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The clinical characteristics and prognostic analysis of Chinese advanced NSCLC patients based on circulating tumor DNA sequencing

Authors Rao C, Nie L, Miao X, Xu Y, Li B, Zhang T

Received 19 October 2017

Accepted for publication 29 November 2017

Published 12 January 2018 Volume 2018:11 Pages 337—344

DOI https://doi.org/10.2147/OTT.S154589

Checked for plagiarism Yes

Review by Single-blind

Peer reviewer comments 2

Editor who approved publication: Dr Tohru Yamada


Chuangzhou Rao,1 Liangqin Nie,1 Xiaobo Miao,1 Yunbao Xu,1 Bing Li,2 Tengfei Zhang2

1Radiotherapy & Chemotherapy Dept 2, Ningbo No. 2 Hospital, Zhejiang, 2Burning Rock Biotech, Guangzhou, People’s Republic of China

Purpose: Circulating tumor DNA (ctDNA) is a noninvasive and real-time marker for tumor diagnosis, prognosis, and prediction. However, further investigations about ctDNA prognostic and predictive value are still needed, and conclusions from several studies were inconsistent.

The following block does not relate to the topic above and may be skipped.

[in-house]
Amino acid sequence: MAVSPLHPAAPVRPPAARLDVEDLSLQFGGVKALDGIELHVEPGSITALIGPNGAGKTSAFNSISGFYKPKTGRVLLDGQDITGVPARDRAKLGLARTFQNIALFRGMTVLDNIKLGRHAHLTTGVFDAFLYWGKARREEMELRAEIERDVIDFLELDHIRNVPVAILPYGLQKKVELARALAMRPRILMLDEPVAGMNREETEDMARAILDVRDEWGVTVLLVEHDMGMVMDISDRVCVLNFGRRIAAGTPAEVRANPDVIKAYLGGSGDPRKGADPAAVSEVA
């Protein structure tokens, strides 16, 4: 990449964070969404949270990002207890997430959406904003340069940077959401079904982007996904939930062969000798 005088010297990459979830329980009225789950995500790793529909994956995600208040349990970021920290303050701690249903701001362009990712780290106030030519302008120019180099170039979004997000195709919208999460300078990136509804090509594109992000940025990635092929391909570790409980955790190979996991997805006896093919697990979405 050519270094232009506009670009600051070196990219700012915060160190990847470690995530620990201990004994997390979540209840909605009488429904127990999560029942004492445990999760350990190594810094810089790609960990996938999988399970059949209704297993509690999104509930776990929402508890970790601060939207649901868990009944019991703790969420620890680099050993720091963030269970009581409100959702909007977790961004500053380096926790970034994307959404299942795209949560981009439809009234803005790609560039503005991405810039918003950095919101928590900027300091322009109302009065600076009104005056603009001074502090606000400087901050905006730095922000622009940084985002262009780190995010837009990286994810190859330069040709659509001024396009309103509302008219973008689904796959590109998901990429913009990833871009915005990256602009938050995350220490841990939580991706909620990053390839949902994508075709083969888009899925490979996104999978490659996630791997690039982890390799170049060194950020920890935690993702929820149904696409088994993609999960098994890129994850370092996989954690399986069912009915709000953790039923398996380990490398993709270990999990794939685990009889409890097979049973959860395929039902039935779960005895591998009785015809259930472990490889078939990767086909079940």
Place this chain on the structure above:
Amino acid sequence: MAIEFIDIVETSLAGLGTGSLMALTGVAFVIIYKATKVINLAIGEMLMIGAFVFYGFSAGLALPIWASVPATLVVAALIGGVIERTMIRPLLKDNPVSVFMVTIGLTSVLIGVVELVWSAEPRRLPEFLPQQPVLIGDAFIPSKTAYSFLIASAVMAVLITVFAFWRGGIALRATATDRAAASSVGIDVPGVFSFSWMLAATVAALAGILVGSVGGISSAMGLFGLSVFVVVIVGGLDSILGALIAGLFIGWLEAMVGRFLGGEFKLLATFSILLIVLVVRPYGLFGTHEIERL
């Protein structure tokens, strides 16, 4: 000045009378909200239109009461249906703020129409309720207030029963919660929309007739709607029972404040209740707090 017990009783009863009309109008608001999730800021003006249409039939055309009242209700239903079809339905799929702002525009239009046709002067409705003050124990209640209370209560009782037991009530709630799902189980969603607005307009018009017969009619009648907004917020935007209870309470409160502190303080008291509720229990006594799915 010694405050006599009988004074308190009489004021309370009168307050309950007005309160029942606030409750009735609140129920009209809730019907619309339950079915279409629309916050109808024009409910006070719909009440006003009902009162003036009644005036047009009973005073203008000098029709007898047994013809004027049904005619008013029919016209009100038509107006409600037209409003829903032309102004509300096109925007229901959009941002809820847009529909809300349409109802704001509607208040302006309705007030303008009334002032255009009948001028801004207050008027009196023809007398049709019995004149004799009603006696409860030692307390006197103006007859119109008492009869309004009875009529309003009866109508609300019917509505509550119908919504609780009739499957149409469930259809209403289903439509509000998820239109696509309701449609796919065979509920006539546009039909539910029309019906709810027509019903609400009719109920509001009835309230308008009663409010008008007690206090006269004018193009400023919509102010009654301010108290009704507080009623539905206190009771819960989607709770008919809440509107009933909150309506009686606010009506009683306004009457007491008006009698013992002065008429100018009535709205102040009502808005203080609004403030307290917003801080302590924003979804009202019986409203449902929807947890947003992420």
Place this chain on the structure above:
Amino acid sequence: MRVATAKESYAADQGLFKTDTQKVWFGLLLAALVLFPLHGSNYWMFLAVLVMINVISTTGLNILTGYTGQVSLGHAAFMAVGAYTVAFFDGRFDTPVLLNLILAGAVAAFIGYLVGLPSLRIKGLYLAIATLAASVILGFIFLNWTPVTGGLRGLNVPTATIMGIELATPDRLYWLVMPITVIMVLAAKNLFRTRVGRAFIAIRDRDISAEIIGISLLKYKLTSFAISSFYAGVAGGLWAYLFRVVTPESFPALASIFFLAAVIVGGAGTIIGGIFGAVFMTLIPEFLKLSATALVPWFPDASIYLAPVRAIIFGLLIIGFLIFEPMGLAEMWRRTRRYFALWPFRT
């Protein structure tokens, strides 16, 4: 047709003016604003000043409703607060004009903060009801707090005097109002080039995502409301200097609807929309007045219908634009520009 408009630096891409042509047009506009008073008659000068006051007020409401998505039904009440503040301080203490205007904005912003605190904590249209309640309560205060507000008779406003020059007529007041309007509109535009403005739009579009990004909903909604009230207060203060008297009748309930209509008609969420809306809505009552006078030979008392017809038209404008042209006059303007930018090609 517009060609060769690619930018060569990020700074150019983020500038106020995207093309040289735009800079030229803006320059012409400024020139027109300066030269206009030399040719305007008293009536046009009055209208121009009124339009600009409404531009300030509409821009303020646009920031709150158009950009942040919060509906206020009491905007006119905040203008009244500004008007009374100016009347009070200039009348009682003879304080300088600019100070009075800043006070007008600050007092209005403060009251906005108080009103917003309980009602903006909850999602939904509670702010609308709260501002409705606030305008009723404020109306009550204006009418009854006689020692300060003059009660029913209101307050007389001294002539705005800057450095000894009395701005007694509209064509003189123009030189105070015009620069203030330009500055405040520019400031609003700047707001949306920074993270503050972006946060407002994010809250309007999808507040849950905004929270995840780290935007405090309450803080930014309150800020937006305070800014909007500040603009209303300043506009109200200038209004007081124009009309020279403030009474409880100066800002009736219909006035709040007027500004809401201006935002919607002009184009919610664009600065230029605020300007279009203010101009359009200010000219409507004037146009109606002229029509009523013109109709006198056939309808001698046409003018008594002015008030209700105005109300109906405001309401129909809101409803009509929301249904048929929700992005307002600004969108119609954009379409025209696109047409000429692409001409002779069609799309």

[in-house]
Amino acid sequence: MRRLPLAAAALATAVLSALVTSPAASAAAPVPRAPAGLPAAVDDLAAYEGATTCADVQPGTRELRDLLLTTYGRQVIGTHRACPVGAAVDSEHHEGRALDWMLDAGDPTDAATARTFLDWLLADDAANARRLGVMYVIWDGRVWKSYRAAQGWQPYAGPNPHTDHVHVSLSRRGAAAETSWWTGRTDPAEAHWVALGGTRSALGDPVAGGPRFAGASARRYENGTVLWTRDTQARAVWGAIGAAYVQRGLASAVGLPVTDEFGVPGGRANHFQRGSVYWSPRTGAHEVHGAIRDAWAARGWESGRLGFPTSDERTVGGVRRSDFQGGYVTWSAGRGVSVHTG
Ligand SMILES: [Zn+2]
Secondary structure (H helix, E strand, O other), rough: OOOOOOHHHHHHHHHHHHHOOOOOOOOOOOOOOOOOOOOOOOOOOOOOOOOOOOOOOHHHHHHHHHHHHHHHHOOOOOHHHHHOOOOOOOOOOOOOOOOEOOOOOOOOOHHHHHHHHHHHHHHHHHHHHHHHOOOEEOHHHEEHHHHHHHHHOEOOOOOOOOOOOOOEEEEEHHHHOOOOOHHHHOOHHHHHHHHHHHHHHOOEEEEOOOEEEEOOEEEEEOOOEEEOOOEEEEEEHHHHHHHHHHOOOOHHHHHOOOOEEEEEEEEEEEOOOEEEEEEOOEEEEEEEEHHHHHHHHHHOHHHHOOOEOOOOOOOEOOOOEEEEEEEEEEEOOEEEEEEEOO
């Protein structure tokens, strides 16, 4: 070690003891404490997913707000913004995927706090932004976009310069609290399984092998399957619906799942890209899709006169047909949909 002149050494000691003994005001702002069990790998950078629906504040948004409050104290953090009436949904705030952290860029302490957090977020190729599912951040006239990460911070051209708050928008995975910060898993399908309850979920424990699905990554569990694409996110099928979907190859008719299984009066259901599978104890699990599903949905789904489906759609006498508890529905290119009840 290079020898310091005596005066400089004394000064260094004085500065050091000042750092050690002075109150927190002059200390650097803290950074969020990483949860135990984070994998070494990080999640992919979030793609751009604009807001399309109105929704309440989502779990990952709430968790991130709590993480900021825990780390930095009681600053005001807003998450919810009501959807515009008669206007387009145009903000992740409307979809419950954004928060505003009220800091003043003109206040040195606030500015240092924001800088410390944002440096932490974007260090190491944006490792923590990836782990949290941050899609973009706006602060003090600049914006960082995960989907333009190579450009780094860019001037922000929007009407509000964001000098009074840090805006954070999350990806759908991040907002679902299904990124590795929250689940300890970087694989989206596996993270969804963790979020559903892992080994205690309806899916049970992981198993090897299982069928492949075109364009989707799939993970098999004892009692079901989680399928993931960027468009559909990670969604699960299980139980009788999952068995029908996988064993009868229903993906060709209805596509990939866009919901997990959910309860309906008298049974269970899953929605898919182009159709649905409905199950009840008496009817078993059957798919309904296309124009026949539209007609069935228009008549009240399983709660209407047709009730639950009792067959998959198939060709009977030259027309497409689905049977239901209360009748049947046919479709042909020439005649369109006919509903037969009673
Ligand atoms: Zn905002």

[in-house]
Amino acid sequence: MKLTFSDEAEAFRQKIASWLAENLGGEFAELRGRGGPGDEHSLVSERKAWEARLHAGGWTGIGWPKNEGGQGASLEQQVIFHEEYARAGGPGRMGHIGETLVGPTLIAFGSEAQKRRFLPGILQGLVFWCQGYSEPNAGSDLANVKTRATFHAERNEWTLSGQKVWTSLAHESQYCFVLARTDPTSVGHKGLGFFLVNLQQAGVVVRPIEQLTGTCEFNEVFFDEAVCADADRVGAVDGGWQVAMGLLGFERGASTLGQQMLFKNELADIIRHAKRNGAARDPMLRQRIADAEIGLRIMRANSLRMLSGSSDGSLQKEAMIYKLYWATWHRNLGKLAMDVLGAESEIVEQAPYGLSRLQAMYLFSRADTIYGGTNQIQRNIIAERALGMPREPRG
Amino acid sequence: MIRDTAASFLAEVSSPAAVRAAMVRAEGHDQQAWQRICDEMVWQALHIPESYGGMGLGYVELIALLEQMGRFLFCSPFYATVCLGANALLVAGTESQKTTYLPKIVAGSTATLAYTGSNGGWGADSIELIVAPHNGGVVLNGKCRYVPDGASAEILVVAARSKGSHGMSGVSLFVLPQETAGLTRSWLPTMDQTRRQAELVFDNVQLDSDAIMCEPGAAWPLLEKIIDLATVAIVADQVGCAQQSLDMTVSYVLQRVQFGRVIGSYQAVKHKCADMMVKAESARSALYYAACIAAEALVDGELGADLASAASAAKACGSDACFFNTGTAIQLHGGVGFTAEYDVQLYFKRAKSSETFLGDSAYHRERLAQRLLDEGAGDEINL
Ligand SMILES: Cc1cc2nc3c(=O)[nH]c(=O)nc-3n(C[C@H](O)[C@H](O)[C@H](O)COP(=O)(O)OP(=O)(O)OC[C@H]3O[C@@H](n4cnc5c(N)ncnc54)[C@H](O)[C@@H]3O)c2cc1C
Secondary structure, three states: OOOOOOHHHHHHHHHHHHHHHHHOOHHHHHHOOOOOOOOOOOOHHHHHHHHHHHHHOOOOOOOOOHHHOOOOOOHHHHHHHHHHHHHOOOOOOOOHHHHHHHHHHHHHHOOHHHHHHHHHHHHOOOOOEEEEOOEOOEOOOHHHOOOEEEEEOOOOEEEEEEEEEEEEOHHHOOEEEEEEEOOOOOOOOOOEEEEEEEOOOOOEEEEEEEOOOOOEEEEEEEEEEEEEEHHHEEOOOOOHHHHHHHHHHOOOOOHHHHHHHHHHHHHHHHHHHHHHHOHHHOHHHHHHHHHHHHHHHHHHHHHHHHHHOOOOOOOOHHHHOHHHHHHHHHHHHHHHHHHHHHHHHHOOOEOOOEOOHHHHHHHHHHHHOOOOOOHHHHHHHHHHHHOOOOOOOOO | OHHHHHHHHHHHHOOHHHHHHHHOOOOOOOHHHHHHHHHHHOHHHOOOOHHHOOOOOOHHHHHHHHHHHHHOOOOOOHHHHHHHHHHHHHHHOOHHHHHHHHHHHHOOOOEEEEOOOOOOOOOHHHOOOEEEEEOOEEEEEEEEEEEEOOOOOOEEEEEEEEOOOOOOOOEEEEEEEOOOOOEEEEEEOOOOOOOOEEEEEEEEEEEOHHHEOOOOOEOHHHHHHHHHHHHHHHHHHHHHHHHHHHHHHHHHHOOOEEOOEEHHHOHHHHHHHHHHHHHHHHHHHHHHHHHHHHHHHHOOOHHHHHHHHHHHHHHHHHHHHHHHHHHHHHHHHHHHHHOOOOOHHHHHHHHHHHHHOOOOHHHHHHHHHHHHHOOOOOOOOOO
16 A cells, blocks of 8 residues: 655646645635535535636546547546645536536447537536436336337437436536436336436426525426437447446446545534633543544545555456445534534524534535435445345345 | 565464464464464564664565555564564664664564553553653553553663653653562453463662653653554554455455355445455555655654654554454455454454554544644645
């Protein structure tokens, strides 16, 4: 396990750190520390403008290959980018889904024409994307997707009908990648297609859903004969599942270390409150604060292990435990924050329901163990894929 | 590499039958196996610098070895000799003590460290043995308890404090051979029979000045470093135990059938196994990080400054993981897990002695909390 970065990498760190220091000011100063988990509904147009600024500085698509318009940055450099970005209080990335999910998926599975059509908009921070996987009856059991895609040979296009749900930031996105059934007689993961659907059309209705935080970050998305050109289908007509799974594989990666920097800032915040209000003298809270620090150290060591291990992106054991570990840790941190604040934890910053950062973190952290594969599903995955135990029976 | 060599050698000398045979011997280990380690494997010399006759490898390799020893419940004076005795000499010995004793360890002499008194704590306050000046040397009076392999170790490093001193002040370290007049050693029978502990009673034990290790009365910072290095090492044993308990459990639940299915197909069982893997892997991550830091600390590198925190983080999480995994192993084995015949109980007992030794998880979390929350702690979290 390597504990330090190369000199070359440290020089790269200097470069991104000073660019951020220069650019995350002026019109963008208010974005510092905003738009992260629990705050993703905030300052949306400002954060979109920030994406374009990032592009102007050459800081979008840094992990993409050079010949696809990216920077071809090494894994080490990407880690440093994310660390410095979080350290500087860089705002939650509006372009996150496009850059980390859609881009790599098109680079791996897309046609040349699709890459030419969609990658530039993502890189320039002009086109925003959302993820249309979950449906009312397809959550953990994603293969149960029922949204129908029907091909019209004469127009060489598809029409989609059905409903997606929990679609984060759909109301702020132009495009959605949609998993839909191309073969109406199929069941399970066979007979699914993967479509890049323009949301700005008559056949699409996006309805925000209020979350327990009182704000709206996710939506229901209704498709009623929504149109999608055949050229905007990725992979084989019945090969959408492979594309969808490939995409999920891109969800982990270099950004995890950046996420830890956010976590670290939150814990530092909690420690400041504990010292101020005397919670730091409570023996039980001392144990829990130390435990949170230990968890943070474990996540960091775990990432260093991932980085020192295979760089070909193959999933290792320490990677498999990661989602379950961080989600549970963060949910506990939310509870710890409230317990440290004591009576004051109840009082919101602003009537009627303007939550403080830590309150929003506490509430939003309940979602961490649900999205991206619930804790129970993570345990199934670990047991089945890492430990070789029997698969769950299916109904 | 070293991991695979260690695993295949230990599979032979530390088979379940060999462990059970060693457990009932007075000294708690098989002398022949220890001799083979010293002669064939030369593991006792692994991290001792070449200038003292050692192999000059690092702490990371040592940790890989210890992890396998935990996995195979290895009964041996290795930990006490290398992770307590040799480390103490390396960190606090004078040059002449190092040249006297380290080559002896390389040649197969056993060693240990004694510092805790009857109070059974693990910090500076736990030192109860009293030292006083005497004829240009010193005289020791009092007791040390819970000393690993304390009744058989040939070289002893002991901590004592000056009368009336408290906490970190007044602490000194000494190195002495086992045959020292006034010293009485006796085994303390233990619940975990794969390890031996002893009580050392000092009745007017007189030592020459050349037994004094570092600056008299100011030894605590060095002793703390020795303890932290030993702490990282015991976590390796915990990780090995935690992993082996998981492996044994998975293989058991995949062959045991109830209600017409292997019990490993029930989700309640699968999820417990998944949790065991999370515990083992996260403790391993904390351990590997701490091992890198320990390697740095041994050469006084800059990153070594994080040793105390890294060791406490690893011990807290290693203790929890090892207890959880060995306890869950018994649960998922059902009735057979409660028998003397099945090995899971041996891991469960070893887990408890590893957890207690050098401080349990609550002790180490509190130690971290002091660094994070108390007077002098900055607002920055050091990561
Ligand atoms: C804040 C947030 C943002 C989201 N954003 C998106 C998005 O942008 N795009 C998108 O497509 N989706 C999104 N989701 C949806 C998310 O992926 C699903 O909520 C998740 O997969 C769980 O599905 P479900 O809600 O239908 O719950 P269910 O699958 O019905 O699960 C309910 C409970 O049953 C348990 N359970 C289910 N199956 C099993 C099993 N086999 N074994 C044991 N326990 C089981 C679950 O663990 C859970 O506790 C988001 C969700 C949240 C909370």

Experimental design: We performed capture-based targeted ultradeep sequencing on liquid biopsies from a cohort of 34 advanced Chinese non-small-cell lung cancer (NSCLC) patients and analyzed the clinical use of ctDNA in this study.
Results: On the basis of clinical characteristics of the 34 NSCLC patients, we found that brain metastasis correlated with shorter progression-free survival (PFS) and is more prone to happen in younger patients. After ctDNA sequencing, we analyzed the prognostic value of baseline ctDNA. In osimertinib-treated group, high max allelic fraction (maxAF) correlated with shorter PFS. But for the cohort of 34 patients, no correlation can be observed between maxAF and PFS. We also presented two cases to demonstrate the value of disease progression prediction by ctDNA, which can be detected earlier than clinical response.
Conclusion: In this study, we demonstrated that ctDNA is a prognostic marker for evaluating treatment response and predicting recurrence in advanced NSCLC. Further investigations with larger cohort and uniformed patient background are still needed to validate our findings.

Keywords: circulating tumor DNA, non-small-cell lung cancer, prognosis
 

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